There are several different types of tumours that can occur in the adrenal gland. They can develop in either the outer part of the gland (the cortex) or the inner part of the gland (the medulla). Tumours can be benign (not cancer) or malignant (cancer).
Benign tumours of the cortex are called adrenocortical adenomas, and malignant tumours are called adrenocortical carcinomas (ACC).
Adrenocortical carcinoma (ACC) is often known simply as adrenal cancer and affects 1-2 people per million per year, making it a rare form of cancer.
ACC in adults tends to occur in people in their 50s and 60s and is more common in women than in men. Most ACC’s are sporadic (meaning that they do not run in families), but they may sometimes be part of a congenital (present at birth) and/or familial (passed down in families) condition.
What are the Adrenal Glands?
The body has two walnut-sized adrenal glands, one above each of the kidneys (‘ad-renal’ means ‘next to the kidney’). Even though the glands are small they are important as they produce several hormones (the body’s chemical messengers) that are important for life.
The adrenal medulla (the inner area of the adrenal gland) makes a number of hormones called catecholamines, mainly adrenaline and noradrenaline. These hormones help the body to maintain blood pressure and deal with sudden stress or threats.
The adrenal cortex (outer area of the gland) makes hormones called steroids, mainly cortisol (also known as glucocorticoid) and aldosterone (also known as mineralocorticoid). These steroids help the body to maintain blood pressure as well as salt and sugar levels. Cortisol is also an important messenger in our bodies’ response to stress and illness.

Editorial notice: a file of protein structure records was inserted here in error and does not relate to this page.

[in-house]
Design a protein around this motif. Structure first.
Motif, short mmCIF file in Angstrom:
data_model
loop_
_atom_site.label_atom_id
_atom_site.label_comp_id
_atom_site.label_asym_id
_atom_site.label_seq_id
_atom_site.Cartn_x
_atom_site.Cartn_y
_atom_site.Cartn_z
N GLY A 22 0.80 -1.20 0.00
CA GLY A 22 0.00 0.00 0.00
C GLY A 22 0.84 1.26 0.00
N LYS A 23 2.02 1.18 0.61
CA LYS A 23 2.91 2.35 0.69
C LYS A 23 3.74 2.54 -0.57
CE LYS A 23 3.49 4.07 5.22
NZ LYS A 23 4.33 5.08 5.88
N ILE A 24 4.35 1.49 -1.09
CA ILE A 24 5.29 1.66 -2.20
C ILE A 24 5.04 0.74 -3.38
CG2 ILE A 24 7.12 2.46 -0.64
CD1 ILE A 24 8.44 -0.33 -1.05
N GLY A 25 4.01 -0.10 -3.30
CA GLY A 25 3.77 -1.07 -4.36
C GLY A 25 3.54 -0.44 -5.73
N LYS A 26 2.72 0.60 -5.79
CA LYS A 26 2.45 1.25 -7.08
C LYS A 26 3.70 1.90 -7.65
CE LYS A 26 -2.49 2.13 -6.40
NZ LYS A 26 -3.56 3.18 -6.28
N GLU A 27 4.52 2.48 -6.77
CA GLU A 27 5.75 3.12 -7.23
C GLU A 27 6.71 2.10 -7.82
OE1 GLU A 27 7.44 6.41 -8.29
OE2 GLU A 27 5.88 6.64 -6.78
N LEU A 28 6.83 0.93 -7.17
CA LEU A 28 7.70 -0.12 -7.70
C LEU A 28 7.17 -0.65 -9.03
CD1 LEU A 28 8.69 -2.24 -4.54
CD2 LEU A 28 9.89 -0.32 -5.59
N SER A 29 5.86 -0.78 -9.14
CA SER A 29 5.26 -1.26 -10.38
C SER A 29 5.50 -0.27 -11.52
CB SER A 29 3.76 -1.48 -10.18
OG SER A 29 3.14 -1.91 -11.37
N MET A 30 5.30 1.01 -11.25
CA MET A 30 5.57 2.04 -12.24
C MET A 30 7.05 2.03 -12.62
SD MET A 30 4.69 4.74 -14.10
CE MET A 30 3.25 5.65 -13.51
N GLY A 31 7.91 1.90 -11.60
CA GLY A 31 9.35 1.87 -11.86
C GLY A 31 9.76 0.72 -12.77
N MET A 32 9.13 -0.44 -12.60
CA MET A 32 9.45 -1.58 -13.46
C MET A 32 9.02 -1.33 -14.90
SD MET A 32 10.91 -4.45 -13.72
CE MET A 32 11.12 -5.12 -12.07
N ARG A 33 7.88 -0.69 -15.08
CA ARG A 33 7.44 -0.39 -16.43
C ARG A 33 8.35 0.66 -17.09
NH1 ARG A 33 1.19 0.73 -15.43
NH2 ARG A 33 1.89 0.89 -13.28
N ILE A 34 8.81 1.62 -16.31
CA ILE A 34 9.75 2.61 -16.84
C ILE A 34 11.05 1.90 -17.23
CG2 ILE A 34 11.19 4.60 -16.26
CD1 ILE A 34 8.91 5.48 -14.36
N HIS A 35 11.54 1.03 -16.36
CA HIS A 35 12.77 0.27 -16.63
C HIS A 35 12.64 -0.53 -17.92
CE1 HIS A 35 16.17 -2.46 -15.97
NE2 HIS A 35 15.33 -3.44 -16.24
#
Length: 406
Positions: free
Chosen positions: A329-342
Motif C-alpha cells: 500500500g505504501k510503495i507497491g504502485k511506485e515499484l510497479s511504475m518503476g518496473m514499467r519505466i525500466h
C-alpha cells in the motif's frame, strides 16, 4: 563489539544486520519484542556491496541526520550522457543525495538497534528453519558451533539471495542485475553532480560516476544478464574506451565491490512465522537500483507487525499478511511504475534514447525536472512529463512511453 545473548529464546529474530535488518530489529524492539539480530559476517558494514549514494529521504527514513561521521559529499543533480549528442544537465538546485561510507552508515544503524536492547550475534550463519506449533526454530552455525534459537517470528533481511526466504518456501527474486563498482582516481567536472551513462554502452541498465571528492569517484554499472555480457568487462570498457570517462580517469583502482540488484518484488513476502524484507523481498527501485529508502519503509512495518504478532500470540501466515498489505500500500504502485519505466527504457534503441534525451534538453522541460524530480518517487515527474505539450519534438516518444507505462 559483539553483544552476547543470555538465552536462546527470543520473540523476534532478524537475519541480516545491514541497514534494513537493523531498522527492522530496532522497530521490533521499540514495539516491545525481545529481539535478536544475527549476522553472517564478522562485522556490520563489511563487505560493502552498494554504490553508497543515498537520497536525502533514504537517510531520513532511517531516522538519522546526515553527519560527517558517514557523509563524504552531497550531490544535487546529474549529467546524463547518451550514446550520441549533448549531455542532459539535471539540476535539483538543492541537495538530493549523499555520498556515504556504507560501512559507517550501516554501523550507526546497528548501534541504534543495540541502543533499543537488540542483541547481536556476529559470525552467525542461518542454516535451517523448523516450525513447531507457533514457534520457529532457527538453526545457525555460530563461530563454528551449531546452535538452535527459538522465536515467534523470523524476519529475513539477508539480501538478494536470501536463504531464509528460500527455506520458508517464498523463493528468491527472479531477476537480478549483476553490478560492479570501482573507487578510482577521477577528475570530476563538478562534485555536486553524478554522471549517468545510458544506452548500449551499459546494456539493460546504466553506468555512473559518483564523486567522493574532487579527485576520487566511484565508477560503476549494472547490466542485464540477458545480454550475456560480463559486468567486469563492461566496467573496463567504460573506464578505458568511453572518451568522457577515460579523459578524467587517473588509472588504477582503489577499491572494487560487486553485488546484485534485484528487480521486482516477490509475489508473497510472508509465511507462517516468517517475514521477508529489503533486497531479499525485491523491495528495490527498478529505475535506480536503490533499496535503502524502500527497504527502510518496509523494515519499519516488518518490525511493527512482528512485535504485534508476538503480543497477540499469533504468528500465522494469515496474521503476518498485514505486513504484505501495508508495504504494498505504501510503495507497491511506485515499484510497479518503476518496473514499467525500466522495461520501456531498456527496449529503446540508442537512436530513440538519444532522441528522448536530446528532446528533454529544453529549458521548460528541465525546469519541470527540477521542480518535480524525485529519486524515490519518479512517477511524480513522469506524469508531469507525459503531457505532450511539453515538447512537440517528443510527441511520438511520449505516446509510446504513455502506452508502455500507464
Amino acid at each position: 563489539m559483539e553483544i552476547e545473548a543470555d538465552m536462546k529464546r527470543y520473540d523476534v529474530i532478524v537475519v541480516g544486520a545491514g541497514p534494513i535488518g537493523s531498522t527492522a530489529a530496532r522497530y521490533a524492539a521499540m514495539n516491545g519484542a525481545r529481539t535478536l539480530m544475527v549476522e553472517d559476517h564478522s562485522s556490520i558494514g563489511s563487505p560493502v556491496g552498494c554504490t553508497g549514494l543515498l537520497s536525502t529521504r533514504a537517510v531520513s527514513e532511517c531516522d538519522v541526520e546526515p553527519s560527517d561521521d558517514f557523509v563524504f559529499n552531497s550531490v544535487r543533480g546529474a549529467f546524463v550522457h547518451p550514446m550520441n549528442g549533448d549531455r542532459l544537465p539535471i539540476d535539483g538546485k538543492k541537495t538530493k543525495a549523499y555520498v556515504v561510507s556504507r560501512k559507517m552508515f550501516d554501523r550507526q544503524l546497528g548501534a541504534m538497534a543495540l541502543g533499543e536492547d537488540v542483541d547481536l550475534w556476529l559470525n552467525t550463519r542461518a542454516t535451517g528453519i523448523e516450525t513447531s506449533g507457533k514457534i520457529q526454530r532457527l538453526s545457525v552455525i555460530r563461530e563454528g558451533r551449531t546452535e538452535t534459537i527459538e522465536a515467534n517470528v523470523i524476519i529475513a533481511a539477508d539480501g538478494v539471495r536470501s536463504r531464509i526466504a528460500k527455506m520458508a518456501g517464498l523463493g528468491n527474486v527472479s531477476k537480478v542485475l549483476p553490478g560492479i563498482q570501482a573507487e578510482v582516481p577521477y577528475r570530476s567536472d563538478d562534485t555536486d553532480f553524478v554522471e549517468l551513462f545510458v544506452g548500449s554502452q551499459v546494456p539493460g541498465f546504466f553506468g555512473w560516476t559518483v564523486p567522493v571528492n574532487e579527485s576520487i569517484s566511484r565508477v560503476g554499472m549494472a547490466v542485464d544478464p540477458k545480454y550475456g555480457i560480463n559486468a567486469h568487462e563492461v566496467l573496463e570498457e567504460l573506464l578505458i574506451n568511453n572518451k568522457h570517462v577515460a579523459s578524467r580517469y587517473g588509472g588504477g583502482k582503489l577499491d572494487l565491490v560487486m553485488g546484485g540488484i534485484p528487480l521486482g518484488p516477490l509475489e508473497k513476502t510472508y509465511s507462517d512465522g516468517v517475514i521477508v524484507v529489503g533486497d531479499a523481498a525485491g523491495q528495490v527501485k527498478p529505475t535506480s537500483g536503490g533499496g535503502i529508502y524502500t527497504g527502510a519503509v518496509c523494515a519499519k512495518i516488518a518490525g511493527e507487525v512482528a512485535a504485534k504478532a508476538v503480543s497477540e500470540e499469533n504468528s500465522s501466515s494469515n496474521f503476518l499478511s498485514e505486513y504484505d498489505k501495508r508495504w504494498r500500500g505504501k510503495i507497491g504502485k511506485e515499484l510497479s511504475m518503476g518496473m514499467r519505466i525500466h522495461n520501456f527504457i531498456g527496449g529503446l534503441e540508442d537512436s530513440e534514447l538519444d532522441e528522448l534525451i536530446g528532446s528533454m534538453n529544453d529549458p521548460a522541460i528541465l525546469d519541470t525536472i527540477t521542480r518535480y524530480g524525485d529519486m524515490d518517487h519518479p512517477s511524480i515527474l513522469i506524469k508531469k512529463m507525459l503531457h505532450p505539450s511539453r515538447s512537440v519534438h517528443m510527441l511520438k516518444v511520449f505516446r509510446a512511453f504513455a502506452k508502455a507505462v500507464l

What is Cancer?
The body is made up of hundreds of millions of living cells. Normal body cells grow, divide, and die in an orderly way. During the early years of a person’s life, normal cells divide faster to allow the person to grow. After the person becomes an adult, most cells divide only to replace worn out, damaged, or dying cells.
Cancer begins when cells in a part of the body start to grow out of control. There are many kinds of cancer, but they all start because of this out-of-control growth of abnormal cells. Cancer cell growth is different from normal cell growth. Instead of dying, cancer cells keep on growing and form new cancer cells. These cancer cells can grow into (invade) other tissues, something that normal cells cannot do. Being able to grow out of control and invade other tissues is what makes a cell a cancer cell. Carcinoma is the medical term used to describe tumours that are cancerous and malignant (having the ability to spread and invade other tissue).
In most cases the cancer cells form a tumour. Tumours can be benign (not cancer) or malignant (cancer).
When cancer cells from solid tumours get into the bloodstream or lymph vessels, they can travel to other parts of the body. There they begin to grow and form new tumours that replace normal tissue. This process is called metastasis.
No matter where a cancer may spread, it is always named for the place where it started. For instance, breast cancer that has spread to the liver is still called breast cancer, not liver cancer. Likewise, prostate cancer that has spread to the bone is called metastatic prostate cancer, not bone cancer.
Different types of cancer can behave very differently. For example, lung cancer and breast cancer are very different diseases. They grow at different rates and respond to different treatments. That is why people with cancer need treatment that is aimed at their own kind of cancer.
Throughout this website, where we use the term ‘tumour’, we are talking about a malignant growth within the adrenal gland, known as Adrenocorticol Carcinoma or ACC for short.
For more detailed information on all aspects of ACC, download our free patient information book.